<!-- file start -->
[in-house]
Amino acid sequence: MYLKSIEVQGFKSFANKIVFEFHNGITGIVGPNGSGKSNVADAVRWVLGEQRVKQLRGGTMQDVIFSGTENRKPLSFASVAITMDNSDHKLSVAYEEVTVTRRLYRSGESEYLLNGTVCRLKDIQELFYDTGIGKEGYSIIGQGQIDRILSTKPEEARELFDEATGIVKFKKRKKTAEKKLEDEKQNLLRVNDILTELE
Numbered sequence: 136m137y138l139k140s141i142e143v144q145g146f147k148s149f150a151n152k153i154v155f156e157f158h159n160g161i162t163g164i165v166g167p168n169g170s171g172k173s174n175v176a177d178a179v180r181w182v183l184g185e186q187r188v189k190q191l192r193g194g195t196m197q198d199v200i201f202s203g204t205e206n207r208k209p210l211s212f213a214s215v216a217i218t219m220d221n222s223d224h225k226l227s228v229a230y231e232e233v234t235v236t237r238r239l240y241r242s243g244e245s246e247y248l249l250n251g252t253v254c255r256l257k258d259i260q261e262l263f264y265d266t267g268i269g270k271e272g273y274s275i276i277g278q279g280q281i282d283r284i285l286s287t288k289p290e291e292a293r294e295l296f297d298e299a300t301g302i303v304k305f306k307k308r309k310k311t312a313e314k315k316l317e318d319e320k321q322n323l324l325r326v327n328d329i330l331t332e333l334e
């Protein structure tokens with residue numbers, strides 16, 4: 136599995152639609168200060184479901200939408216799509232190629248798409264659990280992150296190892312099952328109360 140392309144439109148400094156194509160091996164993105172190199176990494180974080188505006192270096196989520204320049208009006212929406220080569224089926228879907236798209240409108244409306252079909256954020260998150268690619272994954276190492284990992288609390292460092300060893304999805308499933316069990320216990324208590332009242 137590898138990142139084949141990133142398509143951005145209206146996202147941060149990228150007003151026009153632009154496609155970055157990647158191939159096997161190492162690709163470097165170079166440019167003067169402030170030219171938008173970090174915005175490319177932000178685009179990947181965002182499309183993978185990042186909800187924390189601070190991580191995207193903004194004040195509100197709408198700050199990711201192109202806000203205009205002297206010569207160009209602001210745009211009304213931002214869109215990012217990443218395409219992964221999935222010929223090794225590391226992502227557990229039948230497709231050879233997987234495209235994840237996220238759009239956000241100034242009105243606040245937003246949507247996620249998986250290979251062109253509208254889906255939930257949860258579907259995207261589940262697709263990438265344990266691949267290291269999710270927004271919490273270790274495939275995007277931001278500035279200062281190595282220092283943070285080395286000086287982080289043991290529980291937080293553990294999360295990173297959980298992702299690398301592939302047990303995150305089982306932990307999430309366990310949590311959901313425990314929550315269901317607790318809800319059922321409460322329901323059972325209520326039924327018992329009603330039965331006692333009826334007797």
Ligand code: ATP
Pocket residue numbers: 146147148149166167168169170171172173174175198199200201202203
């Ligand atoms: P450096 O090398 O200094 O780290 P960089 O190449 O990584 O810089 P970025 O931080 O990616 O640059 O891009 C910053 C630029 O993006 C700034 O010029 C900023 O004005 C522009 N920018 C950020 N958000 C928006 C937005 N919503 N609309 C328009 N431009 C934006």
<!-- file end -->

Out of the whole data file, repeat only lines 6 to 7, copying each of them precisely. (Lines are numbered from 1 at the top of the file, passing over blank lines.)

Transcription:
Pocket residue numbers: 146147148149166167168169170171172173174175198199200201202203
């Ligand atoms: P450096 O090398 O200094 O780290 P960089 O190449 O990584 O810089 P970025 O931080 O990616 O640059 O891009 C910053 C630029 O993006 C700034 O010029 C900023 O004005 C522009 N920018 C950020 N958000 C928006 C937005 N919503 N609309 C328009 N431009 C934006």